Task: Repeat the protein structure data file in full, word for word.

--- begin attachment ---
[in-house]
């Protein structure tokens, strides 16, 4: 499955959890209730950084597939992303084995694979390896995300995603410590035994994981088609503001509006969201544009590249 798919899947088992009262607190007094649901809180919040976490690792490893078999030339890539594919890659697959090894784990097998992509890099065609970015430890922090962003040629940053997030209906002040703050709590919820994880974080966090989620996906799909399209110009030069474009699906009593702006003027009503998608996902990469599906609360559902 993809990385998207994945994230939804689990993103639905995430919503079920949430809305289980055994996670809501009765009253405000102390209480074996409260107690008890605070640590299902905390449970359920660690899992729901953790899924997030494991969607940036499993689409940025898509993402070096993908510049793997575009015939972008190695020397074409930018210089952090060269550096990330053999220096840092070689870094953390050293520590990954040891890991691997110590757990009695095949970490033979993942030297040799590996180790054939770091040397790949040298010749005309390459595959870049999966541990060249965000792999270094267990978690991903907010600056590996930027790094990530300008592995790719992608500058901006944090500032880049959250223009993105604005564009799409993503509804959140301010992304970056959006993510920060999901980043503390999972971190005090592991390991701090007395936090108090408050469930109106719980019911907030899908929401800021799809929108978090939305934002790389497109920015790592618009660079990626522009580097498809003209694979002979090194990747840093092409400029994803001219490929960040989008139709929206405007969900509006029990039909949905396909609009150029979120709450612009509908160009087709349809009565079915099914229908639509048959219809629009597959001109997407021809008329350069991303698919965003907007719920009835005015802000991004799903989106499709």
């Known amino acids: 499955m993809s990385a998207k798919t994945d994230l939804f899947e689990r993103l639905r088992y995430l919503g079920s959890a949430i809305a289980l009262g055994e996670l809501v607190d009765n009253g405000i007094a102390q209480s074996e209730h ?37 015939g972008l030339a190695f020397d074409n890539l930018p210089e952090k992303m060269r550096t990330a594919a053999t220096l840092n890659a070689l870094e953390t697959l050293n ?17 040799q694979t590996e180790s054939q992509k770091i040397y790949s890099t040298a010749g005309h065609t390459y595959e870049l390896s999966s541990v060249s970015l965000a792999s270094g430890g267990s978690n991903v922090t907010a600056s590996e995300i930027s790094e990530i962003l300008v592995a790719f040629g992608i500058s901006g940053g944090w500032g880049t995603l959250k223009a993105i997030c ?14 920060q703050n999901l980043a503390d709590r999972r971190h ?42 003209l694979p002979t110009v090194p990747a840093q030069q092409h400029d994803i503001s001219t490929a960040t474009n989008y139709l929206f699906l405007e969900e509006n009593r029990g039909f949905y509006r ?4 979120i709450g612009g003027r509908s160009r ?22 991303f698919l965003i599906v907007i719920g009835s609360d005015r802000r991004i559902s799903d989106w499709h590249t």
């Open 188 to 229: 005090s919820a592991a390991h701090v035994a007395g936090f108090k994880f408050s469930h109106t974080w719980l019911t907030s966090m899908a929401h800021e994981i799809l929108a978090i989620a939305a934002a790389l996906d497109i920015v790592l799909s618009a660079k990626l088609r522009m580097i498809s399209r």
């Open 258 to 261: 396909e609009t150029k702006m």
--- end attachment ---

[in-house]
């Protein structure tokens, strides 16, 4: 499955959890209730950084597939992303084995694979390896995300995603410590035994994981088609503001509006969201544009590249 798919899947088992009262607190007094649901809180919040976490690792490893078999030339890539594919890659697959090894784990097998992509890099065609970015430890922090962003040629940053997030209906002040703050709590919820994880974080966090989620996906799909399209110009030069474009699906009593702006003027009503998608996902990469599906609360559902 993809990385998207994945994230939804689990993103639905995430919503079920949430809305289980055994996670809501009765009253405000102390209480074996409260107690008890605070640590299902905390449970359920660690899992729901953790899924997030494991969607940036499993689409940025898509993402070096993908510049793997575009015939972008190695020397074409930018210089952090060269550096990330053999220096840092070689870094953390050293520590990954040891890991691997110590757990009695095949970490033979993942030297040799590996180790054939770091040397790949040298010749005309390459595959870049999966541990060249965000792999270094267990978690991903907010600056590996930027790094990530300008592995790719992608500058901006944090500032880049959250223009993105604005564009799409993503509804959140301010992304970056959006993510920060999901980043503390999972971190005090592991390991701090007395936090108090408050469930109106719980019911907030899908929401800021799809929108978090939305934002790389497109920015790592618009660079990626522009580097498809003209694979002979090194990747840093092409400029994803001219490929960040989008139709929206405007969900509006029990039909949905396909609009150029979120709450612009509908160009087709349809009565079915099914229908639509048959219809629009597959001109997407021809008329350069991303698919965003907007719920009835005015802000991004799903989106499709």
């Known amino acids: 499955m993809s990385a998207k798919t994945d994230l939804f899947e689990r993103l639905r088992y995430l919503g079920s959890a949430i809305a289980l009262g055994e996670l809501v607190d009765n009253g405000i007094a102390q209480s074996e209730h ?37 015939g972008l030339a190695f020397d074409n890539l930018p210089e952090k992303m060269r550096t990330a594919a053999t220096l840092n890659a070689l870094e953390t697959l050293n ?17 040799q694979t590996e180790s054939q992509k770091i040397y790949s890099t040298a010749g005309h065609t390459y595959e870049l390896s999966s541990v060249s970015l965000a792999s270094g430890g267990s978690n991903v922090t907010a600056s590996e995300i930027s790094e990530i962003l300008v592995a790719f040629g992608i500058s901006g940053g944090w500032g880049t995603l959250k223009a993105i997030c ?14 920060q703050n999901l980043a503390d709590r999972r971190h ?42 003209l694979p002979t110009v090194p990747a840093q030069q092409h400029d994803i503001s001219t490929a960040t474009n989008y139709l929206f699906l405007e969900e509006n009593r029990g039909f949905y509006r ?4 979120i709450g612009g003027r509908s160009r ?22 991303f698919l965003i599906v907007i719920g009835s609360d005015r802000r991004i559902s799903d989106w499709h590249t």
């Open 188 to 229: 005090s919820a592991a390991h701090v035994a007395g936090f108090k994880f408050s469930h109106t974080w719980l019911t907030s966090m899908a929401h800021e994981i799809l929108a978090i989620a939305a934002a790389l996906d497109i920015v790592l799909s618009a660079k990626l088609r522009m580097i498809s399209r």
């Open 258 to 261: 396909e609009t150029k702006m």